Wednesday

Sep. 29, 1999

Hope

by Philip Booth

Broadcast Date: WEDNESDAY: September 29, 1999

Poem: "Hope" by Philip Booth from Pairs, published by Penguin.

It's the FEAST DAY OF ST. MICHAEL AND ALL ANGELS in the Greek and Roman Catholic Churches. Folks in central Pennsylvania make it a point to have their annual goose dinner tonight; a local tradition that grew out of the old English proverb: "If you eat goose on Michaelmas Day, you will never want money all the year round."

It's the anniversary of the BABI YAR MASSACRE, in 1941, the annihilation of nearly 34,000 Jews in just two days by the Nazis. The Germans had captured the Soviet city of Kiev in mid-September. Most of the city's nearly 200,000 Jews had fled — but those who stayed were held responsible for a series of bombings against the Germans' command posts. Notices were put up on September 28 ordering all Jews to appear the following morning at 8:00 a.m. at the corner of Melnik and Dektarev streets, for purposes of resettlement to new locations. On the 29th, 33,771 Jews showed up and were marched down Melnik to a picturesque ravine at Kiev's outskirts called Babi Yar. There, they were stripped and ordered in groups of 10 to advance to the lip of the ravine, where they were machine-gunned. In 1961, Dimitri Shostakovich based his Symphony No. 13 on the poem, "Babi Yar," by the Russian Yevgeny Yevtushenko.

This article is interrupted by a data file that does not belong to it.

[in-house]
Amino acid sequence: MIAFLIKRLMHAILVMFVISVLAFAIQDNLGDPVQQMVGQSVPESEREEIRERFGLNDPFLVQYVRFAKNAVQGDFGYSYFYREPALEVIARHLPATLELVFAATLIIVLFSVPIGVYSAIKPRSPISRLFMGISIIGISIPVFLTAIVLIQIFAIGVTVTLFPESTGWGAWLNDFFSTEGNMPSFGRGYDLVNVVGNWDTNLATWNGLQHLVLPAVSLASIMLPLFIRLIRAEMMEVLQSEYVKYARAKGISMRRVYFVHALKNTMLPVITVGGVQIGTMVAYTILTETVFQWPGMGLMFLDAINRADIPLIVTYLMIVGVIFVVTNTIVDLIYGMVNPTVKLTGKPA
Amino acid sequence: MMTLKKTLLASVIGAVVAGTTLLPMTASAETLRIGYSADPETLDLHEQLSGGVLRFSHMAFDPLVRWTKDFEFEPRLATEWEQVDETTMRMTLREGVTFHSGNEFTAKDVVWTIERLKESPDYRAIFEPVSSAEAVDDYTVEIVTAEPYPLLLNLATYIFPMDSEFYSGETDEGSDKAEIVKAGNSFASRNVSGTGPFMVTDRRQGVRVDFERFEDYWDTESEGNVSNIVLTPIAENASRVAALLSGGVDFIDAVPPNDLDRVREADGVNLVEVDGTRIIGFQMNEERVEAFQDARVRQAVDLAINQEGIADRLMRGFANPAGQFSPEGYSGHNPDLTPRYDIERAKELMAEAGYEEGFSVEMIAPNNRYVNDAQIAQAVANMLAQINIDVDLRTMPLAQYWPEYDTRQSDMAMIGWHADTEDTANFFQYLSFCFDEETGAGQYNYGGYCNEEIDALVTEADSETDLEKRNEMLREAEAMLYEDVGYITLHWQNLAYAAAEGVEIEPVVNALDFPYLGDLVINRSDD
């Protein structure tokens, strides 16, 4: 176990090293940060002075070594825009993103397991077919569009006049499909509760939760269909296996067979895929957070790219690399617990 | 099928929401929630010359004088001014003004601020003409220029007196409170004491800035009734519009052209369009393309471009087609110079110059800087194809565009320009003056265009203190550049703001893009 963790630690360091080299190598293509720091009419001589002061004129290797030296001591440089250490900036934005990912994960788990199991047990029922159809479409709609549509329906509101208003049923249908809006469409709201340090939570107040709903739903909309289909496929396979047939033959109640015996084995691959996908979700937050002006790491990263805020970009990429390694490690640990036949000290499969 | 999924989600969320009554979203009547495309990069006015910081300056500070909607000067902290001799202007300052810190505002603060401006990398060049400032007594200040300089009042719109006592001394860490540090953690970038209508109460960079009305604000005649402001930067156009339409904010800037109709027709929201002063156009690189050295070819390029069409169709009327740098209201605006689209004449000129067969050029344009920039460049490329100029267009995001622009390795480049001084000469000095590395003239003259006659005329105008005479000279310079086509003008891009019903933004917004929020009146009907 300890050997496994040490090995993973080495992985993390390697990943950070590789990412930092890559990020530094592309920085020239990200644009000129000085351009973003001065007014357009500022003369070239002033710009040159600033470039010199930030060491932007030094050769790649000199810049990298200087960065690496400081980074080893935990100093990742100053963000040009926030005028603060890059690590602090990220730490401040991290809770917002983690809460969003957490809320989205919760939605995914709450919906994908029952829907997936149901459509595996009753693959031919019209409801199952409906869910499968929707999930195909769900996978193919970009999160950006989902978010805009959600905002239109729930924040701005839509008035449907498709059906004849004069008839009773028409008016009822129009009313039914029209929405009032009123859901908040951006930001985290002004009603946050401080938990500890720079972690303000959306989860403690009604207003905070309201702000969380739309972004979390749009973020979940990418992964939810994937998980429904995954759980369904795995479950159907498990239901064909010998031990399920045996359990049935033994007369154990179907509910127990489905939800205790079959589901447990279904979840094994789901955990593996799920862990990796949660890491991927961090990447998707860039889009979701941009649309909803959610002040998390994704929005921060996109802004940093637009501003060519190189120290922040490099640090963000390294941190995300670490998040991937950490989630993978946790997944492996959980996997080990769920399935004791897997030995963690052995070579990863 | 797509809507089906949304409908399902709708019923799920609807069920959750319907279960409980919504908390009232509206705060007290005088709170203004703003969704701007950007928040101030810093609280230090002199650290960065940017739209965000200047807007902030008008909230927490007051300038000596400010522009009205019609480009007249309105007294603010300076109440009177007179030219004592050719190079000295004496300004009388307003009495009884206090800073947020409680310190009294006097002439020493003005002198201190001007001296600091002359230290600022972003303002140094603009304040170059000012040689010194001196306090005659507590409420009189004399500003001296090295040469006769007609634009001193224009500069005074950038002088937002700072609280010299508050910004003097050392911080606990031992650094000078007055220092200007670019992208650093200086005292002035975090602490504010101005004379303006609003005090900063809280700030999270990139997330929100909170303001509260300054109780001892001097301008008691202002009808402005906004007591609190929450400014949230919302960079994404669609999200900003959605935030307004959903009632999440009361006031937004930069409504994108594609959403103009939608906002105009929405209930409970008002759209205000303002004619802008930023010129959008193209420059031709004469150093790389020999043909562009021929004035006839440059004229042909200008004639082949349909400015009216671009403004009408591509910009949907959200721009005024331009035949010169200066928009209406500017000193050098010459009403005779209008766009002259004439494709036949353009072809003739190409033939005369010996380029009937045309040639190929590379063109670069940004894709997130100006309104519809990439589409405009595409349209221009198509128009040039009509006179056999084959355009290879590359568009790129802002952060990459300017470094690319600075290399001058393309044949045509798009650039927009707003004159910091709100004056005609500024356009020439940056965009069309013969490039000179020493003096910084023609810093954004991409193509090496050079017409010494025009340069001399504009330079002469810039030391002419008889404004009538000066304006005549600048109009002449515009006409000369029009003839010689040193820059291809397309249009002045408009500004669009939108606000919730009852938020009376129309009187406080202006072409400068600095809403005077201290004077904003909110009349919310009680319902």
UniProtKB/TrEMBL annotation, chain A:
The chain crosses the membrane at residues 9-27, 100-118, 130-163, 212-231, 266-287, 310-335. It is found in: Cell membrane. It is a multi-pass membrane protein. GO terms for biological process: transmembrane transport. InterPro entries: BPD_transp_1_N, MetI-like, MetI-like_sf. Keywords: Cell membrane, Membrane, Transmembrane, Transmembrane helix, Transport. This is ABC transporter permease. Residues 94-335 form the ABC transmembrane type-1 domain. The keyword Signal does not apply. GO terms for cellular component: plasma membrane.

The British naval hero, HORATIO NELSON, was born on this day in Norfolk, England, 1758 — the symbol of early 19th-century England's prowess on the seas, right down to the black eye patch over his right eye, which he lost in battle. In the climactic naval battle of the Napoleonic Wars off Cape Trafalgar, Spain, on October 21, 1805, Nelson captured the French and Spanish fleet, ending Napoleon's hopes of ruling the seas.

It's the birthday of the Spanish writer MIGUEL DE CERVANTES, author of Don Quixote, born just outside Madrid in 1547. In 1571, he was a 24-year-old sailor in the Spanish fleet off the coast of Greece, when a battle erupted with Turkish ships. Though Spain won that battle, Cervantes was later captured by pirates and sold into slavery. Five years later his family bought his freedom, and Cervantes spent the rest of his days in Seville and Madrid writing, first short stories and plays that found hardly any readers; then his novel, Don Quixote, completed when he was nearly 60 and which made him a household name across Europe; the story of the old knight, Don Quixote. His name became the source of the word "quixotic".

Be well, do good work, and keep in touch.®

 









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